The Indian Tree was a landmark on 2nd Street for 100 years, symbolizing the former surrounding Indian camps; the tree was located at today’s address of 145 Century Drive. Indians camped here and hung their meat to dry in this tree and others. A large spring was located near the tree and a pond 3 blocks to the north. The tree and surrounding Indian camps were described by four writers over the years.
Sarah Stone Crowther (1872- 1963) grew up on today’s Fort Bingham subdivision. She wrote in the 1920s: A very large tree stands on the place and it has been there for fifty years. It is a monstrous tree today measuring around the trunk, and its outspreading branches are a sight to behold, and I am told it is the largest tree in Weber County. Many times my brothers have wanted to cut it down but I have always put up such a fight for it that I have won out and the tree still stands. There used to be another tree like this one in a field below us and many more smaller ones.
When I was a little girl about eight years old (1880) great companies of Indians used to come to this spot and camp for weeks at a time. This use to please me. I have always liked the Indians and then they were so peculiar in their mode of living. I have seen five and six wicki-ups planted in between the trees and they always had lots of horses with them. There were always papooses and I was crazy to see them. They use to hang their meat in the trees to dry.
They would beg for everything they saw, and sometimes old bucks would get drunk on whiskey and then we were afraid of them for they would quarrel and shoot at each other and someone would have to get an officer of the law to quiet them. They would stay for a few weeks and then they would all go again.
One cold autumn day they drove away and left an old Indian woman. She was very old and they left the poor old thing to die. She came up to our house (386 West 2nd Street) and begged for clothes. She was freezing, and she could not see but very little. We asked her why she did not go with the others. She said she was too old and that she must die. They would not have her any more. I do not know what became of her after she left our place. 
Gwendolyn Shaw wrote in 1928: On West 2nd Street, Ogden, Utah stands an old cottonwood tree which is the largest specimen of its kind that I have ever seen. It towers above and spreads its protecting branches over a tiny log house which was built within the confines of Bingham’s Fort. It has stood unmoved through the changes of time, indifferent to the change of flag and government, the passing of the Indian, the coming of the fur traders and trappers and finally the coming of the Mormon settlers. 
Mary Elizabeth Hutchens Sherner recalled: There was a huge cottonwood tree in Mr. Gates’ meadow (in the 1860s), not very far from the schoolhouse. The children played under this big tree. It had such huge, outspreading branches that four large swings were hung in it… She also noted that there were Indian encampments on both sides of 2nd Street from Slaterville all the way to the fort. Once during seasonal migrating the road was so crowded with Indians that it was difficult for her parents to drive their wagon on the road ( 2nd St.).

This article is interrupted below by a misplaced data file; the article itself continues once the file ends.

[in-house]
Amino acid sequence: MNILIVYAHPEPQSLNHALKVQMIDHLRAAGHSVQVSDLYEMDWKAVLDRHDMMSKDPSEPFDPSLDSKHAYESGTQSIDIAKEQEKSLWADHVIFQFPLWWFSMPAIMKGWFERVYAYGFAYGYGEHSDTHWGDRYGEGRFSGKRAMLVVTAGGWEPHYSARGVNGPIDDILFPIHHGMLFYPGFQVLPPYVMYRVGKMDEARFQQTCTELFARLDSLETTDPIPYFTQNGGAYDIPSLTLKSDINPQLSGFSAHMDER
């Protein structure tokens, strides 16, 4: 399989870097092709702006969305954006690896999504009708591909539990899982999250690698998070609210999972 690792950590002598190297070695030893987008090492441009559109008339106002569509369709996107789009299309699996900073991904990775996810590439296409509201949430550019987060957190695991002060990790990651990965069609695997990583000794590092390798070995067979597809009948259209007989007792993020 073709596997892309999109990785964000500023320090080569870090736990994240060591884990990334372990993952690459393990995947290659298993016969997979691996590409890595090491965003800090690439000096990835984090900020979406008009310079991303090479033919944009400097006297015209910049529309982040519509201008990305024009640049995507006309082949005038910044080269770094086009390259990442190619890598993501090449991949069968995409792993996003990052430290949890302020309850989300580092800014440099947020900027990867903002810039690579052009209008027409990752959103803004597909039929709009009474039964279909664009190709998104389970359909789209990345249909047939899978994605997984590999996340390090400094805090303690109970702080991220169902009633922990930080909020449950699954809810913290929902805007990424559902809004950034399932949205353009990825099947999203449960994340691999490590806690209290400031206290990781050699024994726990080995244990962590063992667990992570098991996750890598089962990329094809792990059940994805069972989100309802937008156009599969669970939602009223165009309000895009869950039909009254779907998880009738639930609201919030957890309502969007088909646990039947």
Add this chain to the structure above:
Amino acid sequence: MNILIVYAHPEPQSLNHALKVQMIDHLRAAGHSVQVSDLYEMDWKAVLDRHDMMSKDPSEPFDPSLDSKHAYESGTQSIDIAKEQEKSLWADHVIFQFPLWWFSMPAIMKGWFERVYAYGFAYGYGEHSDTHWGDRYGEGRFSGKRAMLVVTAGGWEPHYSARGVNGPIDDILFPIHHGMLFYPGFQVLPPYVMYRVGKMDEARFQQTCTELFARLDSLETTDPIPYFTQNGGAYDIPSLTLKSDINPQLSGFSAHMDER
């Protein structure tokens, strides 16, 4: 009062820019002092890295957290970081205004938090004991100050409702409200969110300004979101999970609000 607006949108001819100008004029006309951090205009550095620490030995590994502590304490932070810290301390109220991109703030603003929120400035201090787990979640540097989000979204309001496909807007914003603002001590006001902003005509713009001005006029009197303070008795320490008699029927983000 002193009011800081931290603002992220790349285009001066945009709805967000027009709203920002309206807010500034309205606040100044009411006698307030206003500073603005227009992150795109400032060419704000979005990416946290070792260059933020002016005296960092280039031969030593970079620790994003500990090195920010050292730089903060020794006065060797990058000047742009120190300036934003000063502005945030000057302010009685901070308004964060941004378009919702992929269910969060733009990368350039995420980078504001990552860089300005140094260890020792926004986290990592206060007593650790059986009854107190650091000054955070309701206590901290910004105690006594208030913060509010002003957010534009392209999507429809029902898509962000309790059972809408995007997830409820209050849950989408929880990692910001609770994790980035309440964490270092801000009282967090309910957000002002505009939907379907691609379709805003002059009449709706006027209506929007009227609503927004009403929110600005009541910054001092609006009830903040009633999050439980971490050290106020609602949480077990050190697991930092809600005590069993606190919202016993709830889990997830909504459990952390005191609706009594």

In an interview published in the Standard Examiner in 1934 Fred Pierce remembered the Indian camps during the 1880s: “the Indians made their camp in Bingham Fort meadows during the eighties. The Indians were friendly and not quarrelsome. They would come and beg once in a while, but that is all they would bother us. I remember that as a boy I gave one of them a big piece of cake, and he always remembered it and was good to me as long as he lived there. The Indians lived by hunting ducks and geese and fishing and didn’t do much else. I’ve seen them catch carp weighing as much as twenty-five pounds (from Stone’s Pond).”
Respect for Indians Taught in School c. 1865
The teacher, Mrs. Bingham, instructed the children to respect the Indians and “explained that Brigham Young had made a treaty with the Indians (so) that the white people would live at peace with them. That the children must learn to respect the rights of the Indians as the country really belonged to them first, and that the white people were the interlopers and should always treat the Indians with respect, as there were just a handful of white people and many thousands of Indians in the valley. Mary told her father what the teacher had said and he agreed with Mrs. Bingham in everything. He warned the children again not to go into the Indian camps but to keep to the roadways when they left home and to be courteous to the Indians always.” 
Relics from the Past
Ancient Indian arrowheads were plentiful on the Bingham/Stone farm. From 1910 to the 1960s the Stone family filled a shoe box full with arrowheads over the years of plowing the fields. It was easy to see them when plowing with a horse, but a sharp eye could also spot them from the high tractor seat.
 - Autobiography of Sarah Stone Crowther, manuscript, typed 1959 by Macel Stone Montgomery, p.1.
 - Gwendolyn W. Shaw, History of Bingham’s Fort, Weber College, Ogden Utah, manuscript, 1928, p.1
 - Editors Dorthy Amelda Sherner and Laura Sherner Welker, Mary Elizabeth-Her Stories, manuscript, 1933, p. 20, 85, 88; Dorthy Amelda Sherner and Laura Sherner Welker, Mary Remembers, p. 101.
 - Ibid, p.85.